The Golden Retriever.
If you are a groomer you have had these lovable guys come in in different sizes and hair coats.
Some are very large, like big bears.
Some have unbelievably full thick coats.
Some are a little more on the petite side.
Some have thinner coats with little feathering or long flowing feathering.
I get many calls from people asking for a price quote for grooming these dogs, but they vary in size and coat type so much, it is impossible to give an exact quote over the phone without seeing the dog.
As a groomer, if you feel the need to give a price quote over the phone, I would never give an exact quote, make it a ballpark quote, such as 50 beans to 80 beans (or whatever your price range runs for your area) and higher depending on whether any clipping or scissoring is done.
There is nothing like giving a price quote over the phone based on the owners description of their dog, only to have the dog show up and turn out to be twice as much work as you were lead to believe.
To top that off, the price that you quoted comes nowhere close to the amount of time and work it is going to take to groom the dog.
I get a lot of calls, especially in the summer months, about clipping Golden's short.
"He's shedding all over my house!"
"He has too much hair!"
I don't know how other groomers feel about it, but I think that the coat on a Golden Retriever is one of things that makes this breed so beautiful.
I can truly say, that in 27 years of grooming, I have never shaved a Golden.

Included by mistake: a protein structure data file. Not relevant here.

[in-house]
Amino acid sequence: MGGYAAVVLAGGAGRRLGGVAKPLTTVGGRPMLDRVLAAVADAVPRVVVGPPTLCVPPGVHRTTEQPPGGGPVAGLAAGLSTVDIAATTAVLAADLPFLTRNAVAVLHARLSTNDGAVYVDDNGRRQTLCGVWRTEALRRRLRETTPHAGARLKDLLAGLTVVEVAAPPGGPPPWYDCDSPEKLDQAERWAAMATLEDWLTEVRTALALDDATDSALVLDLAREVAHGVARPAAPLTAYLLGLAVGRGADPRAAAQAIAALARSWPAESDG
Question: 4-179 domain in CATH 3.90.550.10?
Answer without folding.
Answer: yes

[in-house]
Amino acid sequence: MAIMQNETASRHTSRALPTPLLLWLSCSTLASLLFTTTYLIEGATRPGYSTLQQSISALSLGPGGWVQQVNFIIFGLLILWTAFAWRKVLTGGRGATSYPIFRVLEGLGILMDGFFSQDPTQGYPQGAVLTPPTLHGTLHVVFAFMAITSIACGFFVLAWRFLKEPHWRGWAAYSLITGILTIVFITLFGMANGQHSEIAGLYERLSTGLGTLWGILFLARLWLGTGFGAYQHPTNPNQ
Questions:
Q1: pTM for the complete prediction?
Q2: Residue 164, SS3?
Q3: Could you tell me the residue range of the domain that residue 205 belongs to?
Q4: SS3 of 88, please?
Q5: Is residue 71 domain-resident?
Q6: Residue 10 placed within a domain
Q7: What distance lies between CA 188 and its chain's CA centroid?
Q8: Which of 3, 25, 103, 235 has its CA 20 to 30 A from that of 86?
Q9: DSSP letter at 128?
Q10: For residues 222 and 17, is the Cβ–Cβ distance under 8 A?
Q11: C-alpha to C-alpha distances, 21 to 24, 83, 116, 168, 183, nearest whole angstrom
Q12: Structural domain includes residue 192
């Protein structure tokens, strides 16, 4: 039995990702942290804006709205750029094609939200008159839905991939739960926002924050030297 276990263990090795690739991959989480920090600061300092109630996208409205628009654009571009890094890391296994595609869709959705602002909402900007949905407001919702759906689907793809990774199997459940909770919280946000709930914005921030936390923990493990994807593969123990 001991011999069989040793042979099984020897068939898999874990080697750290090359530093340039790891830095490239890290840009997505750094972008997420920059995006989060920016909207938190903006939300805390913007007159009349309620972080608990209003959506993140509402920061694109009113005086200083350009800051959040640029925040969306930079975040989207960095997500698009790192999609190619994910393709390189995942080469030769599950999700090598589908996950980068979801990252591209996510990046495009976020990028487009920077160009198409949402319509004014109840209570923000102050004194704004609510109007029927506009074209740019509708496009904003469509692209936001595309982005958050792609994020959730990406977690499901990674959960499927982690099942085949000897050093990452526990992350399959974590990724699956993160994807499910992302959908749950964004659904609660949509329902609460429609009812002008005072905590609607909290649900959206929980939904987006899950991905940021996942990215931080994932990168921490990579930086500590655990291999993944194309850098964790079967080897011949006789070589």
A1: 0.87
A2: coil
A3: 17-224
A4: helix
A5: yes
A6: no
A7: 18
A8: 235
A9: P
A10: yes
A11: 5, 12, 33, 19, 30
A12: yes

I have talked every customer out of shaving their Golden's down and ruining the coat.
I talk them into a good bath, comb-out, and heavy trim depending on how much hair they want removed.
I have found, while talking to the owners, that a lot of them will say "shave his hair off", only to find out that when I question them more, shaving is not what they really want.
Now, if a customer really wanted me to shave their Golden's hair off, I would begrudgingly do it.
After all, they are the paying customer, but I ask them to try the Bath and Trim first.
If they don't like it, and still want their Golden shaved, I will shave it.
In 27 years, not one customer has come back and asked me to shave their dog.
Some have come back for the next grooming and asked me to scissor the dog a little shorter.
I don't have any pictures of a shaved Golden, having not ever shaved one, but I have seen them shaved, and excuse me for saying, it is a sorry sight.
Not that the groomer did a bad job, the clip was nice and smooth, I just think that a shaved Golden looks terrible.
If groomers take the time to educate their customers (if the customer will listen), let them know that a good bath and comb-out will remove all of the dead coat and undercoat, in turn thinning the coat out.
Regular baths will help keep the shedding down.
Trimming the feathering will also help to keep the dog clean and cool.
Below are the different trims that I do on Golden Retrievers.
I had a Golden in on Saturday that gets one of the shortest cuts that I do on a Golden, so I used her to show the different trims.
This is a picture of the dog after the bath / blow dry, and before any trimming.